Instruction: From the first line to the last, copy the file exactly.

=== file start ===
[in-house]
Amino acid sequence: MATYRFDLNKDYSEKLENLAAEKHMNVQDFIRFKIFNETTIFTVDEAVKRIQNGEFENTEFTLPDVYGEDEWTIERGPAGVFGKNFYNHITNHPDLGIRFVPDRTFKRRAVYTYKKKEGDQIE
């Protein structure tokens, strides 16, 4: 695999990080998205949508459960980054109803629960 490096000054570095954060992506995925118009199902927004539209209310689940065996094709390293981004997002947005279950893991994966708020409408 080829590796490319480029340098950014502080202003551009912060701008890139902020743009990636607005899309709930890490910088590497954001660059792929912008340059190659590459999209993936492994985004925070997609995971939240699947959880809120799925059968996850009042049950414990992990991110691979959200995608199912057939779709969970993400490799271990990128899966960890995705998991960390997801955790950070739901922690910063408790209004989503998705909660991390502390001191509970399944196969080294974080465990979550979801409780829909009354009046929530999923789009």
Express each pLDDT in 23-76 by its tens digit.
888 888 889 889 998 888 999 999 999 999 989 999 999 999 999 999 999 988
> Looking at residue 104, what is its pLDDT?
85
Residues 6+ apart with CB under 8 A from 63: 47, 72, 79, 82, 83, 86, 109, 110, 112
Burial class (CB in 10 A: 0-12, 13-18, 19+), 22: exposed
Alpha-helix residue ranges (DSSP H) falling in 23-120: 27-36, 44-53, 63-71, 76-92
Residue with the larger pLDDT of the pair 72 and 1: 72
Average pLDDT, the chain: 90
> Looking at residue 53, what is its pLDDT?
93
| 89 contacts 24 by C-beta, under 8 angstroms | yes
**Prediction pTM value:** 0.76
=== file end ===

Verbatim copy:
[in-house]
Amino acid sequence: MATYRFDLNKDYSEKLENLAAEKHMNVQDFIRFKIFNETTIFTVDEAVKRIQNGEFENTEFTLPDVYGEDEWTIERGPAGVFGKNFYNHITNHPDLGIRFVPDRTFKRRAVYTYKKKEGDQIE
């Protein structure tokens, strides 16, 4: 695999990080998205949508459960980054109803629960 490096000054570095954060992506995925118009199902927004539209209310689940065996094709390293981004997002947005279950893991994966708020409408 080829590796490319480029340098950014502080202003551009912060701008890139902020743009990636607005899309709930890490910088590497954001660059792929912008340059190659590459999209993936492994985004925070997609995971939240699947959880809120799925059968996850009042049950414990992990991110691979959200995608199912057939779709969970993400490799271990990128899966960890995705998991960390997801955790950070739901922690910063408790209004989503998705909660991390502390001191509970399944196969080294974080465990979550979801409780829909009354009046929530999923789009």
Express each pLDDT in 23-76 by its tens digit.
888 888 889 889 998 888 999 999 999 999 989 999 999 999 999 999 999 988
> Looking at residue 104, what is its pLDDT?
85
Residues 6+ apart with CB under 8 A from 63: 47, 72, 79, 82, 83, 86, 109, 110, 112
Burial class (CB in 10 A: 0-12, 13-18, 19+), 22: exposed
Alpha-helix residue ranges (DSSP H) falling in 23-120: 27-36, 44-53, 63-71, 76-92
Residue with the larger pLDDT of the pair 72 and 1: 72
Average pLDDT, the chain: 90
> Looking at residue 53, what is its pLDDT?
93
| 89 contacts 24 by C-beta, under 8 angstroms | yes
**Prediction pTM value:** 0.76